Unity HackWeek and Women in Gaming

With Hackweek being officially over I’d like to let you guys in on my experience. Just as for Unite Berlin I had the massive honor to be an invited guest for Unity’s Hackweek in Nyborg, Denmark.

You might ask yourself “So, what is Hackweek?”. It’s basically a week-long “vacation” organized by Brett Bibby and Kjartan Ólafsson for Unity employees where they get to work in teams on a project they are interested in. On the last day of the event, there is a presentation where every group shows off their project in a short video clip (and a great party :-)).

In the past years these Hackweeks have been an internal Unity event with not many externals as invited guests but this year they decided to pair Hackweek with a Women in Gaming event. This, fortunately, led to me getting the amazing opportunity of participating.

If you have been following me for a while you might know that I have a rather “unpopular” opinion on some Women in Gaming events, those kinds of contests held only for women. In my opinion, those events do nothing for inclusivity but rather make it seem as if women can’t win regular contests so they deserve a pity price, but that’s just how I feel about it. Now, why do I mention this here? The Women in Gaming event Unity paired with Hackweek was a very different thing and, if you ask me, a step in the right direction to work on inclusivity and make the gaming industry seem more accessible for everyone. It wasn’t a closed event where only women attended and did their own thing but it was rather a bunch of ladies that were treated just like every other Hackweek attendee. We got to choose a project of our liking and just join any team we were interested in joining in.

Lotte and Addie, who both are amazing ladies you should definitely follow EVERYWHERE, got to do something probably every programmer who works with Unity dreams of. The got to work with Unity source code and got to make their own features for the editor. (Click here to see Lottes tweets about it!)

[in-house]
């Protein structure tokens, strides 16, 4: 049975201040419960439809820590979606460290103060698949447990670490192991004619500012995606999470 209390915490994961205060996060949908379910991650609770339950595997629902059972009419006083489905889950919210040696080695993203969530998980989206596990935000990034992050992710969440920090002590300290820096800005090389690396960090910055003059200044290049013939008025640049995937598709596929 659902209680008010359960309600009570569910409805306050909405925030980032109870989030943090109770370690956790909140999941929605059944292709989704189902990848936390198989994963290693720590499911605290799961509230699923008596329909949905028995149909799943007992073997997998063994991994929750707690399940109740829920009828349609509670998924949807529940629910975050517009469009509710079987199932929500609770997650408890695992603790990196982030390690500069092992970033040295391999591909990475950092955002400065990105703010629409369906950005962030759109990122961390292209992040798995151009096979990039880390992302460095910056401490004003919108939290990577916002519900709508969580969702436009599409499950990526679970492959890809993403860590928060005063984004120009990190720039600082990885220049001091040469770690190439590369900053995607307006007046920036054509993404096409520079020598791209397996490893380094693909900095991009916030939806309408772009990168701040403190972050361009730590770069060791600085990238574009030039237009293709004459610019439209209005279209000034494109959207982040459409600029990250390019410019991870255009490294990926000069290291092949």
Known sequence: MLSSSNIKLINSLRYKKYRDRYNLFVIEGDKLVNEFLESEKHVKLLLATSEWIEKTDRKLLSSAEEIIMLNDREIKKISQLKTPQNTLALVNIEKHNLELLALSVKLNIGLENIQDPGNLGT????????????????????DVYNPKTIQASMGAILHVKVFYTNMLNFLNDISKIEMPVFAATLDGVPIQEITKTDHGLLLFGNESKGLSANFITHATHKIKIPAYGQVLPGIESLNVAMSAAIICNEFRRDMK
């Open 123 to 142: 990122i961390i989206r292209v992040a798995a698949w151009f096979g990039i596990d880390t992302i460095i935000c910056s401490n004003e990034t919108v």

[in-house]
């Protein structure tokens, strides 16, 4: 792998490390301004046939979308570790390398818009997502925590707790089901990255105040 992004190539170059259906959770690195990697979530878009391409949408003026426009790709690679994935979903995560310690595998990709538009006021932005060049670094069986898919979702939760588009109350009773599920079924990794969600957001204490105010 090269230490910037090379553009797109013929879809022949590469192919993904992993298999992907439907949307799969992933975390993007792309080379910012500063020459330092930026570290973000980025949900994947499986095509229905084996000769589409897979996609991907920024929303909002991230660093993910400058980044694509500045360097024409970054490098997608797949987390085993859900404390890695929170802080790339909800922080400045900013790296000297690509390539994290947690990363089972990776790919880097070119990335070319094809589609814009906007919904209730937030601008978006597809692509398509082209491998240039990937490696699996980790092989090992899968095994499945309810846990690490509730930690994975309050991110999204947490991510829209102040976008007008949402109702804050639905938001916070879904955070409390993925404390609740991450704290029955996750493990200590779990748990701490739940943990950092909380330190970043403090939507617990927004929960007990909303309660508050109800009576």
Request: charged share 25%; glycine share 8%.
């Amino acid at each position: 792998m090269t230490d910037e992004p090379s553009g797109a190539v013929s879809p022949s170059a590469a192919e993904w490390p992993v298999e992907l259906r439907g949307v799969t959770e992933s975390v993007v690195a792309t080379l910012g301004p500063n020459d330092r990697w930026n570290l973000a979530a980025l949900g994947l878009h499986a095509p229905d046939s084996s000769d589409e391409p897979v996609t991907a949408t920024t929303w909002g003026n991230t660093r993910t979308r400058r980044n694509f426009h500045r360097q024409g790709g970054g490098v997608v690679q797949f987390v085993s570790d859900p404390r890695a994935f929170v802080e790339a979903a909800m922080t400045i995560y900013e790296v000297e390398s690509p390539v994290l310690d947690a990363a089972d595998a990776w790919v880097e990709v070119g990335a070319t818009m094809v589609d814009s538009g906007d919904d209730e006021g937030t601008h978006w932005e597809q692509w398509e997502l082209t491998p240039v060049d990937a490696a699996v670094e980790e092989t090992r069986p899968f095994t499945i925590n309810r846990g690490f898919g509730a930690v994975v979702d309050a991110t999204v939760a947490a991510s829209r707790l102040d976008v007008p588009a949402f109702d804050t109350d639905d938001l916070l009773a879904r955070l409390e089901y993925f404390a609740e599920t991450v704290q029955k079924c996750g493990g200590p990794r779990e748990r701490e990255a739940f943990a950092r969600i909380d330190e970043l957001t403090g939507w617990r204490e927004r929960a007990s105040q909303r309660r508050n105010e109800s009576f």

Joyce (another amazing lady who managed to become basically my best friend in just two short weeks – Follow her!) and I decided to work together on a project that isn’t published anywhere yet, therefore, I can’t really tell you much about it but Joyce is going to share our contribution to it separately at one point on her social media (I’ll link it here and retweet it once she does!).

In regards to the Women in Gaming aspect of the event, I’d also like to mention Anders Peter Kierbye Johanson who basically organized this part of the event and was our go-to person if we had any questions or needed anything. (We should have totally called him the Dad of the group).
I obviously can’t talk for everyone but in my opinion and based on what the other ladies told me: we all loved him and he made us feel welcome and took care of us, asking us how we were and catching up on us whenever he saw us running around somewhere.
Therefore a big thank you for organizing this and putting all his heart into it should go to him.
(Here is a Unity blog post he wrote on the event.)

Hacking and Women in Gaming wasn’t everything, there were also inspiring and informative talks scheduled for the first four days Unity employees held on Leadership and the features they work on. So you not only had the chance to randomly go up to someone and ask them everything but you could also listen to great talks in a much smaller setting than Unite f.e. was. I, for example, loved the talk about MARS (which was announced at the Keynote at Unity) by Timoni West and two of the engineers in her team and I now feel super prepared and pumped for when it finally comes out.

I obviously can’t leave without mentioning the beautiful venue this event was held in, even though it’s not the most important part. I won’t say much and just share some pictures of the beach and the Party we had on the last day:

So what do I take away from this? I can honestly say that going to an event like this felt truly intimidating to me at first but once I arrived I quickly realized that there was no reason to be intimidated at all and that’s mostly due to everyone being so nice, interested and open to help. I feel like you could have asked the most ridiculous question and no one would have judged you. I also talked to some Unity employees about this and about what working for Unity is like and I can tell you that much, if you weren’t jealous for their jobs yet, you should be. It seems as if Unity is an amazing company to work for.

This event paired together with Unite Berlin right before was quite eye-opening for me. I made some decisions to change things that weren’t going as smoothly in my life and to see things from a different perspective from now on. I want to give you guys more things to work with and be a better “Influencer” (still not sold on this term), giving you a wider spectrum of content.

It’s no secret that I used to love Unity as an engine but now I love Unity as a company.

I am blown away by everything that has happened to me during the last two weeks and I feel so thankful for each and everyone that made that possible and who became my friend over the course of this.

P.S – I know this sounds like a love letter to Unity (should have called it that!) but hey, honor to whom honor is due, right?

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